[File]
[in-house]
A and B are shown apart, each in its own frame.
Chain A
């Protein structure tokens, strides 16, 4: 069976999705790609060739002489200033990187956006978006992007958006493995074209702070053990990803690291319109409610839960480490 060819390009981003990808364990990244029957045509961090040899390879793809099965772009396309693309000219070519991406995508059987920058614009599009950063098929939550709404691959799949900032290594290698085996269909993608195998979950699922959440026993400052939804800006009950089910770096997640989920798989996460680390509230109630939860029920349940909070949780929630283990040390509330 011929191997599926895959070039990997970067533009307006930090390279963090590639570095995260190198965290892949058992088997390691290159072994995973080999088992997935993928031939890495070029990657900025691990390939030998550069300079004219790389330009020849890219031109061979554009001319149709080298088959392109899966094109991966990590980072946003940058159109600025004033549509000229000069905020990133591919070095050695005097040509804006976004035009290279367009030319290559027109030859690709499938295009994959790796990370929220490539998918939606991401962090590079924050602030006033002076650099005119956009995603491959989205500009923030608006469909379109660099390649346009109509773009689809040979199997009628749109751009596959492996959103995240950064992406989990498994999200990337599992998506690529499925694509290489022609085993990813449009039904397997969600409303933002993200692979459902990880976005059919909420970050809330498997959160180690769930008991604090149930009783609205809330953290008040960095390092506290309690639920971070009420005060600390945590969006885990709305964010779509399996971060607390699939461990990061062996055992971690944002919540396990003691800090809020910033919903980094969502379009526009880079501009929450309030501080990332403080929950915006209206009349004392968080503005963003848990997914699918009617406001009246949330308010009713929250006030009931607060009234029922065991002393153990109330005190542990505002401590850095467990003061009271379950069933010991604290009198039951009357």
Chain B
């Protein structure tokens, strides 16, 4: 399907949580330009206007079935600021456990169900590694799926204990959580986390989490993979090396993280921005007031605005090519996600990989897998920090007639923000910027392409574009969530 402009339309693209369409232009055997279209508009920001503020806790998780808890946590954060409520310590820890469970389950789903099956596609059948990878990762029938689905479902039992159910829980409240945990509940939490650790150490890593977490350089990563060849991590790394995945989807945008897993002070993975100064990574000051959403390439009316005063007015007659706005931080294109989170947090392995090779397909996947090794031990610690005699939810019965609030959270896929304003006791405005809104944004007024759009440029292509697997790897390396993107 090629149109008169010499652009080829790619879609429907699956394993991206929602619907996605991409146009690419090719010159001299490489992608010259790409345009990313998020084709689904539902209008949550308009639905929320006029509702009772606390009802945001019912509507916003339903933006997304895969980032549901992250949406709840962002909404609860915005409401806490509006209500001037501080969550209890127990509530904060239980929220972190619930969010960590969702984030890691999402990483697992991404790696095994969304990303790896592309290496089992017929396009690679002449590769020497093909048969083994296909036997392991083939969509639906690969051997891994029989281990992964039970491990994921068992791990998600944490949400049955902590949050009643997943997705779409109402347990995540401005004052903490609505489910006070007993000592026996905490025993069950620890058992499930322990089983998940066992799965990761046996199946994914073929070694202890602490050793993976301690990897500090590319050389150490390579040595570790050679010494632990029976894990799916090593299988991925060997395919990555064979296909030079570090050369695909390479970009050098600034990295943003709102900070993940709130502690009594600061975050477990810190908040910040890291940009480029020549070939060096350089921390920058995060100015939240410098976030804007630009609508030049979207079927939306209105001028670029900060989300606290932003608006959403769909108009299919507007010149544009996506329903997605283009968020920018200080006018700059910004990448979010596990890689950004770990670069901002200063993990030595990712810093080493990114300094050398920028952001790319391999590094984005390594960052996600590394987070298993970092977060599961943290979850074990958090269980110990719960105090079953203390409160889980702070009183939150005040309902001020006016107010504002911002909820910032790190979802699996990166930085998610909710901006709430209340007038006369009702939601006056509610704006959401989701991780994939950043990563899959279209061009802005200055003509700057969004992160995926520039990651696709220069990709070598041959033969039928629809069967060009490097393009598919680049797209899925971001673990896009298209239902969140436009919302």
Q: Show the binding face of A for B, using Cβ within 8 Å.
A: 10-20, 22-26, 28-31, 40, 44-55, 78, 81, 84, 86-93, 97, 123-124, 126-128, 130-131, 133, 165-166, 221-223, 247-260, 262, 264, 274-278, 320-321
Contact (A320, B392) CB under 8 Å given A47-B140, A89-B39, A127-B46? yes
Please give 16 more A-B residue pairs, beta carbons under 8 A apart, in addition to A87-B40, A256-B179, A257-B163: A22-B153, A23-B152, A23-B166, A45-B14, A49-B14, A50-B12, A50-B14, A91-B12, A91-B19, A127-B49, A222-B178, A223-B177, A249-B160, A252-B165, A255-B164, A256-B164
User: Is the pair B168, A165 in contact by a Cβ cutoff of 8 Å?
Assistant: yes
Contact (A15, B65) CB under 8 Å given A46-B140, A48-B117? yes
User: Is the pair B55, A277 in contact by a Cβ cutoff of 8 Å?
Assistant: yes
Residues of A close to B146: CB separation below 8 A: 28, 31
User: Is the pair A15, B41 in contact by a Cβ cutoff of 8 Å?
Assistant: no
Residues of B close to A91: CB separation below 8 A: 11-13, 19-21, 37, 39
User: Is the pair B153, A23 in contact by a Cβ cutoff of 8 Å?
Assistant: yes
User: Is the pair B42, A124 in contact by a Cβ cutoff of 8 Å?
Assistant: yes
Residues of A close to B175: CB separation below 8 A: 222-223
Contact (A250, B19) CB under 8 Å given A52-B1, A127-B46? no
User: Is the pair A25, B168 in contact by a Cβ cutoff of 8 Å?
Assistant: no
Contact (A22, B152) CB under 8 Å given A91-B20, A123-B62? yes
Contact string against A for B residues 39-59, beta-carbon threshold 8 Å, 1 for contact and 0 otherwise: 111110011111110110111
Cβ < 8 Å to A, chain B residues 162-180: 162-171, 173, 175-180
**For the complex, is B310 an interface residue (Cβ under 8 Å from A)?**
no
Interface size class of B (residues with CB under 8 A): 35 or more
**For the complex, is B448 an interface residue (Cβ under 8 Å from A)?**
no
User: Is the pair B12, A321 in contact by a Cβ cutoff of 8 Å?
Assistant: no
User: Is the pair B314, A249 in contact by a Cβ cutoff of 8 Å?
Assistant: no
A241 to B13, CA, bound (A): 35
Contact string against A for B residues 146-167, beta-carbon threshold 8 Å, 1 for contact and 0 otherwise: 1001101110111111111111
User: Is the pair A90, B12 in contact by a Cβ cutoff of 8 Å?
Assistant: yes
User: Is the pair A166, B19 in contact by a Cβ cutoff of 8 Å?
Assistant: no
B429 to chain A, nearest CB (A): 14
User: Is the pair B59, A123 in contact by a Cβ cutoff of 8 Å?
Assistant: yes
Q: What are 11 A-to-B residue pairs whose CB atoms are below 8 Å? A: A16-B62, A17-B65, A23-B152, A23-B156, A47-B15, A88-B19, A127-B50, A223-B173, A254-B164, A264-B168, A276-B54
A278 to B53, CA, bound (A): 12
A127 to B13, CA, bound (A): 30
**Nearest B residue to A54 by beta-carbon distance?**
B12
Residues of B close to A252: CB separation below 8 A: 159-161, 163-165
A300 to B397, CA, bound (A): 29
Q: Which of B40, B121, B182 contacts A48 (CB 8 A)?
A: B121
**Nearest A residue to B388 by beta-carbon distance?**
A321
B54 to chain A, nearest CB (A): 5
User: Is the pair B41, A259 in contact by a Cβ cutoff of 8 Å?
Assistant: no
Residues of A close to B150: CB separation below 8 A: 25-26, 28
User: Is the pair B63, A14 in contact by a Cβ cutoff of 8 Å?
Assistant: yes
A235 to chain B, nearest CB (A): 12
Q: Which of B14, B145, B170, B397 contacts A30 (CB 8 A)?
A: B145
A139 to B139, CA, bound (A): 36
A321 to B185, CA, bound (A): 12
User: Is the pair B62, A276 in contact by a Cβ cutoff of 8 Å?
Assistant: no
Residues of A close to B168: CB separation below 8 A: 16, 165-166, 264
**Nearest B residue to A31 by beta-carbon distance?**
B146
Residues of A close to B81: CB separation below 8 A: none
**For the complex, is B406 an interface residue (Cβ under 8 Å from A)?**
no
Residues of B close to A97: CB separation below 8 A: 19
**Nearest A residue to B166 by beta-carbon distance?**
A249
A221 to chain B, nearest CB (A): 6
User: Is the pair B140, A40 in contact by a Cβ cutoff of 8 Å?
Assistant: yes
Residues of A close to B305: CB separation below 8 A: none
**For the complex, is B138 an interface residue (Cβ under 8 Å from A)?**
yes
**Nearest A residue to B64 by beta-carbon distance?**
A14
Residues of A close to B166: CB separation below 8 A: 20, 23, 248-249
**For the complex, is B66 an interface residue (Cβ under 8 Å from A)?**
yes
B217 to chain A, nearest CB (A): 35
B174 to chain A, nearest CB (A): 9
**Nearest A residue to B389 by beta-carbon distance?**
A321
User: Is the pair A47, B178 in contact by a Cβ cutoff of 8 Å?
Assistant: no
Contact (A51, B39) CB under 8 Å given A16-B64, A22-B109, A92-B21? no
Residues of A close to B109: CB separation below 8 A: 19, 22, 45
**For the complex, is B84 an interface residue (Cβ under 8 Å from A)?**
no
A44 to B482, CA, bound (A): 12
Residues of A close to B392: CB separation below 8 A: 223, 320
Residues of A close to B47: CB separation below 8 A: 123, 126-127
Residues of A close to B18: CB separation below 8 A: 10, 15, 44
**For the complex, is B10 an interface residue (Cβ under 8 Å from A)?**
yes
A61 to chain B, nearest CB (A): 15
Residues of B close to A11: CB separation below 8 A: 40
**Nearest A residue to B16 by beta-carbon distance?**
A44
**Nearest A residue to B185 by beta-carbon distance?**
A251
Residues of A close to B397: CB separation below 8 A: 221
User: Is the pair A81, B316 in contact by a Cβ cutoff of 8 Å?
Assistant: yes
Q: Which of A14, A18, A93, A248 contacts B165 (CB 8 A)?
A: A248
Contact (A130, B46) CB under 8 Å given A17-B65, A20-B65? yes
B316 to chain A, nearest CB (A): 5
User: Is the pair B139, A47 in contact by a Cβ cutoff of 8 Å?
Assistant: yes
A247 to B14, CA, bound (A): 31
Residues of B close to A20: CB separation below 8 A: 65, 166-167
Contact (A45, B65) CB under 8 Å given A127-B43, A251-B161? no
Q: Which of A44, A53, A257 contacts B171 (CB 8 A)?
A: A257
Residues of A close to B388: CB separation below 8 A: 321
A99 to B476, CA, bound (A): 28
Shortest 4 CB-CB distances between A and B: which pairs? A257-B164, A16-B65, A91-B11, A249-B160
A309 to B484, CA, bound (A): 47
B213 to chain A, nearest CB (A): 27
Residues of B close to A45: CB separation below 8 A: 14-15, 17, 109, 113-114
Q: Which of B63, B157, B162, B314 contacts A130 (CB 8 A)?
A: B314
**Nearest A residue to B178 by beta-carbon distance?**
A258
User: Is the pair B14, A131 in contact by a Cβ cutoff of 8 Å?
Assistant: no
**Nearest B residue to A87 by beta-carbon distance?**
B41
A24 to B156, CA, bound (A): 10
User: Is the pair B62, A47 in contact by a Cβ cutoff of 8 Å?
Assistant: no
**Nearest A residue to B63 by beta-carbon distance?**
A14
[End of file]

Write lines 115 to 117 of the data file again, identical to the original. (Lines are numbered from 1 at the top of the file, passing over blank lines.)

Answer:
Residues of A close to B397: CB separation below 8 A: 221
User: Is the pair A81, B316 in contact by a Cβ cutoff of 8 Å?
Assistant: yes